The upcoming Cop26 talks in Glasgow must solve a number of issues surrounding article six of the Paris Agreement, which sets a framework for the transfer of emissions reductions between countries, according to panellists at a PE Live event titled Everything the World Needs to Achieve at Cop 26.

The article has two goals. One is to allow countries to transfer emissions reductions—known as internationally transferred mitigation outcomes (ITMOs)—between them. The other is to establish a successor to the Clean Development Mechanism (CDM) called the Sustainable Development Mechanism.

The CDM allowed emissions reduction projects in developing countries to generate credits that could be bought by other entities, usually governments or private companies in more wealthy economies.

“Article six has been a very contentious issue ever since the Paris Agreement” Kenderdine, EFI

“Article six has been a very contentious issue ever since the Paris Agreement,” says Melanie Kenderdine, principal with thinktank the Energy Futures Initiative. “The most important concern is that the methodologies that are used for any kind of bilateral, multilateral or global agreement on emissions reductions need to be standardised to avoid double counting of emissions.”

Other issues include ensuring that emissions reduction transferred are additional—meaning they would not have happened anyway—and ensuring the system is flexible enough to accommodate enhanced emissions indices over time.

Discussions have been further complicated since Paris because of the recently proposed EU carbon border adjustment mechanism and a US proposal to implement a similar mechanism. These proposals aim to put a carbon price on the imports of carbon intensive goods at the same level that those goods are subject to internally.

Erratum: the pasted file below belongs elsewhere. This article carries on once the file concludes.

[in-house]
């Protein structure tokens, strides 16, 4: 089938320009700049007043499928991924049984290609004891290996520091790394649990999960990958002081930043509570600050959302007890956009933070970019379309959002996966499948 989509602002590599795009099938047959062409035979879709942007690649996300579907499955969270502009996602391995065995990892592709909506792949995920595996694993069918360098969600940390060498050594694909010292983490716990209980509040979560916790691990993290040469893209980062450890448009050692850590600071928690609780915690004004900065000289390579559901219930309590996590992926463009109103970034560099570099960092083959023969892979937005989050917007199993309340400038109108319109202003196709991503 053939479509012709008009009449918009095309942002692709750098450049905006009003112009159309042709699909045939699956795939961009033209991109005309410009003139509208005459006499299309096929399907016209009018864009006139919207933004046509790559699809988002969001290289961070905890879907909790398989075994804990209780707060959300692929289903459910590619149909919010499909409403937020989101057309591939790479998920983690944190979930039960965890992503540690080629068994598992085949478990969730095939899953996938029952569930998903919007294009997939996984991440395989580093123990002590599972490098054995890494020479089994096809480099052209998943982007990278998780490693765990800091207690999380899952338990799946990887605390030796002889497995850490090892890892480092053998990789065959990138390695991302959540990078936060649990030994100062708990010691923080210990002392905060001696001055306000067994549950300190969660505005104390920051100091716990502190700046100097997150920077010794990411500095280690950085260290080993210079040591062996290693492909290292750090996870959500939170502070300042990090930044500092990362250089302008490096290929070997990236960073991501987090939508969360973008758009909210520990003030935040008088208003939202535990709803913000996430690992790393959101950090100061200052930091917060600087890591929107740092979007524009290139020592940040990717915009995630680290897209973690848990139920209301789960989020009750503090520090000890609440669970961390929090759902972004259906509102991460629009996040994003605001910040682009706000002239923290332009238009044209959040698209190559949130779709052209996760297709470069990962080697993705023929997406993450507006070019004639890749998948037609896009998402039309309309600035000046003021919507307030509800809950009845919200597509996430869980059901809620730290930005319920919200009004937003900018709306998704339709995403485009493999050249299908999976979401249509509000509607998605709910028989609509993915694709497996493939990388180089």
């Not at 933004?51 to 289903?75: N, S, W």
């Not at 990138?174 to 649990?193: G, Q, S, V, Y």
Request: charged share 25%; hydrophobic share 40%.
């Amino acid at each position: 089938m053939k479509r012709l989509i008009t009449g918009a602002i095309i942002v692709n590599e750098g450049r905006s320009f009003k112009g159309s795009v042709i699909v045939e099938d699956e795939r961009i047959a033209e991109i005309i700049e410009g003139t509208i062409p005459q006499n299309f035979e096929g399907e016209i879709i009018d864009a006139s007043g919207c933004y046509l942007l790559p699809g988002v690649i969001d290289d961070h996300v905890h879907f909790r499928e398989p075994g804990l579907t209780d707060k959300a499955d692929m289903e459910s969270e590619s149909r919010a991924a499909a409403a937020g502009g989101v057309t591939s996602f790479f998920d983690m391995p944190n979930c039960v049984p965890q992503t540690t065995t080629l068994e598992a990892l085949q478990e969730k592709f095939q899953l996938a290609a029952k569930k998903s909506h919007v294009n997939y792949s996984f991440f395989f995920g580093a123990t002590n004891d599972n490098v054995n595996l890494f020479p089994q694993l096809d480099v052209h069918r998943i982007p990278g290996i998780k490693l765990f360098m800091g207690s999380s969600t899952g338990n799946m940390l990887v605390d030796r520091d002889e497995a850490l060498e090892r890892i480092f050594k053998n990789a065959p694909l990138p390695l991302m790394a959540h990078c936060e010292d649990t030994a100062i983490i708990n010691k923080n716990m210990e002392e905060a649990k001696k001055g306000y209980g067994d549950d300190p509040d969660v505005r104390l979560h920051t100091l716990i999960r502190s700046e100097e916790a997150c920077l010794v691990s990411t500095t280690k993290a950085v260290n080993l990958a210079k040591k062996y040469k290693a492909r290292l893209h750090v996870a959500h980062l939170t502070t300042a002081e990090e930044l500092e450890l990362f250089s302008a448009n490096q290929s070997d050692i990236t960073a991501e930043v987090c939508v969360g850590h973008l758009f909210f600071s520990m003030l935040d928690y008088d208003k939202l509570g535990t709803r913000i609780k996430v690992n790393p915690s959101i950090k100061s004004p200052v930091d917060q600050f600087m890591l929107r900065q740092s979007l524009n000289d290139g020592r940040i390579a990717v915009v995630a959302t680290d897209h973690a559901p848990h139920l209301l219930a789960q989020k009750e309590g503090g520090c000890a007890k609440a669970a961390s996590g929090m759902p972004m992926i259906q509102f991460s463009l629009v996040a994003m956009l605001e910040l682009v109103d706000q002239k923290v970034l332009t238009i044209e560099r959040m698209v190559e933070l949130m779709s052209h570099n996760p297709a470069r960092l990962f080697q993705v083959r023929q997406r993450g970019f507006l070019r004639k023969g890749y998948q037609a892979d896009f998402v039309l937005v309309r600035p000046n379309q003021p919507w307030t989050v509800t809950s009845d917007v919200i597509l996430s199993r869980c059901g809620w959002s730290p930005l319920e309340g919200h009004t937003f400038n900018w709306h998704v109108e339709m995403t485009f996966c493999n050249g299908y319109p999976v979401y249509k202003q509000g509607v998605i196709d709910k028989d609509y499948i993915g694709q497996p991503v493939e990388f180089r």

“I am not sure what that means for article six,” says Kenderdine. “But it certainly complicates things further—as if it wasn't complicated enough already.”

Carbon pricing and offsets

Improvements in the way that countries are setting targets and reporting emissions reductions since Paris will help with the development of article six, according to Malcolm Fawcett, director of climate change at US super-indie ConocoPhillips.

“It makes carbon pricing and offsets attainable,” he says. And though some of the major concerns are solvable technically, negotiators will have to compromise politically.

“The idea about resolving double counting or double claiming emissions and whether or not you allow CDM offsets into the system—neither of these is particularly difficult to solve from a technical standpoint, but they do represent a political challenge to countries which have a stake in these issues,” he says.

Even if agreement is reached on the disputed elements of article six, much work will still need to be done before the mechanism can be activated, Fawcett adds.

“It will probably take another 3-4 years of negotiation to actually operationalise that mechanism, because they have to set up the supervisory body and so on,” he says.

The PE Live webinar, Everything the World Needs to Achieve at Cop26, can now be viewed on demand by clicking here.



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